The Peer Review Scam: How authors are reviewing their own papers
Yesterday, we reported on the discovery by BioMed Central that there were about 50 papers in their editorial system whose authors had recommended fake peer reviewers. Those 'reviewers' had submitted reviews of a number of manuscripts, and five of the papers had been published. (BMC posted a blog examining the case in 2014.)
For some Retraction Watch readers, the elements of the story may have seemed familiar. Fake reviews often involving self-peer review have been the basis for a growing number of retractions. As it happens, we've been working for a few months on a feature for the news section of Nature on the larger phenomenon. In the piece, out today and titled The Peer Review Scam, we write: Read the rest of this entry
Publisher discovers 50 manuscripts involving fake peer reviewers
BioMed Central has uncovered about fifty manuscripts in their editorial system that involved fake peer reviewers, Retraction Watch has learned.
Most of the cases were not published because they were discovered by a manuscript editor on a final pre-publication check. The five or so that have been published will go through some sort of re-review, which may result in expressions of concern or retraction.
The narrative seems similar to that in the growing number of cases of peer review manipulation we've seen recently. What tipped off the editor was minor spelling mistakes in the reviewers' names, and odd non-institutional email addresses that were often changed once reviews had been submitted, in an apparent attempt to cover the fakers' tracks. Those 'reviewers' had turned in reports across several journals, spanning several subjects. It would seem that a third party, perhaps marketing services helping authors have papers accepted, was involved.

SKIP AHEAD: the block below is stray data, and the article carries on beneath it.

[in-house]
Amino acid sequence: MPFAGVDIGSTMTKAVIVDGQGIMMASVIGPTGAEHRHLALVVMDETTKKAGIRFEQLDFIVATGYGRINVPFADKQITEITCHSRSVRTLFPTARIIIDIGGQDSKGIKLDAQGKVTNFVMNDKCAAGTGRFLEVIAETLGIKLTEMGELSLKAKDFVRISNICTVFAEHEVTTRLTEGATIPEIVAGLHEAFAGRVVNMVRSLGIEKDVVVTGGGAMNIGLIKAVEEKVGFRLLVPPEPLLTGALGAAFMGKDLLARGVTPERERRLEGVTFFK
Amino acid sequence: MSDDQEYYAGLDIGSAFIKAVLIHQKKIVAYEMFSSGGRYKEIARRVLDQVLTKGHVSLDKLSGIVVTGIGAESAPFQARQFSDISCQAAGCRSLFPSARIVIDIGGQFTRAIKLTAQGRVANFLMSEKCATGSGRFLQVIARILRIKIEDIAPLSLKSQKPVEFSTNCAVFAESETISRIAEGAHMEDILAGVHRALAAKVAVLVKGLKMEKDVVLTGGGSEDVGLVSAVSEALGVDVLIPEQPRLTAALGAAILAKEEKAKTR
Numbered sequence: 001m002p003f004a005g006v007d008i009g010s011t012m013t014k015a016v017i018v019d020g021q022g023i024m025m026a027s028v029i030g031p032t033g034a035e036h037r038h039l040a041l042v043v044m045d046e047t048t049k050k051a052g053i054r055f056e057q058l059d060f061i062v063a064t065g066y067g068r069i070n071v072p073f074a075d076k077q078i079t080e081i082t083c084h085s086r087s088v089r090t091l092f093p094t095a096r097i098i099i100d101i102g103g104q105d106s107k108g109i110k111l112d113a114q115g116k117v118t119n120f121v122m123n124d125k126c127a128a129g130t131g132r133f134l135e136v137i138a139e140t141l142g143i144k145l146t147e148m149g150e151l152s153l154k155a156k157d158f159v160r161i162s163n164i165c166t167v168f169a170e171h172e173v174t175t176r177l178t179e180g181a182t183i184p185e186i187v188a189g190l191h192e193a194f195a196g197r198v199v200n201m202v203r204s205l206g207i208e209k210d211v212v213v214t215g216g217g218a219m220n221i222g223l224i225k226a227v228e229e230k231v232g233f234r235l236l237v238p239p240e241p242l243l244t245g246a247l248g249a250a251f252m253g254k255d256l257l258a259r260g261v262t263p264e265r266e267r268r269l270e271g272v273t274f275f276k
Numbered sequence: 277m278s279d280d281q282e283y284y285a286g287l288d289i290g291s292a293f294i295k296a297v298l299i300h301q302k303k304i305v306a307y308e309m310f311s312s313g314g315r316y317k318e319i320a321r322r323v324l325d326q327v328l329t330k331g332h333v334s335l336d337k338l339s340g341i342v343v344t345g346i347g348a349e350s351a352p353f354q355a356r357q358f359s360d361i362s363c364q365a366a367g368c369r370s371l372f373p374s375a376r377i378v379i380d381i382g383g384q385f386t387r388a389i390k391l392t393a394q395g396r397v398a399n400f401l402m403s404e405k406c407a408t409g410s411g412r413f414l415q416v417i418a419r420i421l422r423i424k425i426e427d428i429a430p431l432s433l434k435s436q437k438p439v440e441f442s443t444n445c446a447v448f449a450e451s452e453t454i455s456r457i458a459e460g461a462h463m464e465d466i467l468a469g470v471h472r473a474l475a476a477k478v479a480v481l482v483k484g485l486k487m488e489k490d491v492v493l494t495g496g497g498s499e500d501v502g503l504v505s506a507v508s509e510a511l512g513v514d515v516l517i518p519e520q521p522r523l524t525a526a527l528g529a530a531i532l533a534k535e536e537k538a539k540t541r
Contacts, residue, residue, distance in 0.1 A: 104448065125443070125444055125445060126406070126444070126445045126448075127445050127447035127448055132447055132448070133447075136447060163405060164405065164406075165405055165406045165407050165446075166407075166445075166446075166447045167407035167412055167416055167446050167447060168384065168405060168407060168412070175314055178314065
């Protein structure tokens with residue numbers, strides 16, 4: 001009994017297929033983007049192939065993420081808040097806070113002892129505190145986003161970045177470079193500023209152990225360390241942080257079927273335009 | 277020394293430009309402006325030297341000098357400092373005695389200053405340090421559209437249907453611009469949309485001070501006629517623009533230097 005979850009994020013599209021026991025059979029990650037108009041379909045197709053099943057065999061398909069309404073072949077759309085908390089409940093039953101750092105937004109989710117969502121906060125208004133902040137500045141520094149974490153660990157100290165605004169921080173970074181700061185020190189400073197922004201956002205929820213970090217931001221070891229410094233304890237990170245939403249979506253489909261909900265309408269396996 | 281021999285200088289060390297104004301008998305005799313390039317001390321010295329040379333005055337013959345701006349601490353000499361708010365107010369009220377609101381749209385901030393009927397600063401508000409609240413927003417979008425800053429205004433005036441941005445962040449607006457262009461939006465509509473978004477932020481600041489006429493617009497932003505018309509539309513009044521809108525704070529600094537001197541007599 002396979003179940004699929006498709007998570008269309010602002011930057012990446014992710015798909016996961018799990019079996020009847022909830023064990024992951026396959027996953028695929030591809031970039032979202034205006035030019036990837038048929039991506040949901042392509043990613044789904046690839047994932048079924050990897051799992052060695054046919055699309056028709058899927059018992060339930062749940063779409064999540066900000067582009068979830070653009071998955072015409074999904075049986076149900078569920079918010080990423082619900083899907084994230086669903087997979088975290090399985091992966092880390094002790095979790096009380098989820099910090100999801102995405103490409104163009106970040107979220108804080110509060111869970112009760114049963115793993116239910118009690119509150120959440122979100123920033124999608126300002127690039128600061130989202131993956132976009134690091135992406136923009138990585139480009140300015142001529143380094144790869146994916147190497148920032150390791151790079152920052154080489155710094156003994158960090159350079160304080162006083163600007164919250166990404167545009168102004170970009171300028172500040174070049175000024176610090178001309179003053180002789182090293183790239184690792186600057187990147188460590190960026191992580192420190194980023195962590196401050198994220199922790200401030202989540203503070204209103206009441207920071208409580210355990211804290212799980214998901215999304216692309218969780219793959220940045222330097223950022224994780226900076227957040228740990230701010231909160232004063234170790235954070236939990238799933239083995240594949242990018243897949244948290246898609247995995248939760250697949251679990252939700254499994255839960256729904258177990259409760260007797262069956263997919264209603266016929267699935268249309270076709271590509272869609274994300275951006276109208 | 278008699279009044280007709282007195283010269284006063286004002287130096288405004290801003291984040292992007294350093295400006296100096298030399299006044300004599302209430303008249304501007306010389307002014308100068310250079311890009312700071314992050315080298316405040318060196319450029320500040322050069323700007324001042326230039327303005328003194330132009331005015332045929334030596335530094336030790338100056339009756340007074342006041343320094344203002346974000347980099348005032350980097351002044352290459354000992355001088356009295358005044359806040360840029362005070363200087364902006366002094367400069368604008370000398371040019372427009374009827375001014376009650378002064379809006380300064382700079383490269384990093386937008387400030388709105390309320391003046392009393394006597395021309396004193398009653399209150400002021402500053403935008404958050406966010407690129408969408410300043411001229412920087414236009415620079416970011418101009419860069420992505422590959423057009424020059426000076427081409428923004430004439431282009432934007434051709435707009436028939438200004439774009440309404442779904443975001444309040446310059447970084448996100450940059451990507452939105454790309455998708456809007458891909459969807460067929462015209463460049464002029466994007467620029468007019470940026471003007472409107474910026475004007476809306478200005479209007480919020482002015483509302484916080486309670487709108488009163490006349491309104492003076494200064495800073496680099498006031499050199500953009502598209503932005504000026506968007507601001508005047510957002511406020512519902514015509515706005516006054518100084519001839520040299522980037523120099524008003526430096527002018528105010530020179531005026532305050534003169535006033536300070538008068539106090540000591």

The publisher has let all of its external editors in chief know about the situation. To prevent it from happening again, authors will not be able to recommend reviewers for their papers. Here's a message from BioMed Central senior managing editor Diana Marshall that went out to a number of journal editors earlier today: Read the rest of this entry.
Controversial editor and patient safety expert had undisclosed COIs in 9 of 10 papers. A new editorial in the Journal of Patient Safety accuses former editor and patient safety expert Charles Denham of having undeclared conflicts of interest in nine out of ten articles he published in the journal.
Denham was at the center of massive controversy earlier this year, when the government accused him of taking more than $11 million in kickbacks from medical supply company CareFusion. Supposedly, he took the money to influence the National Quality Forum, where Denham was a co-chair of safe practices, to endorce ChloraPrep, a CareFusion antiseptic.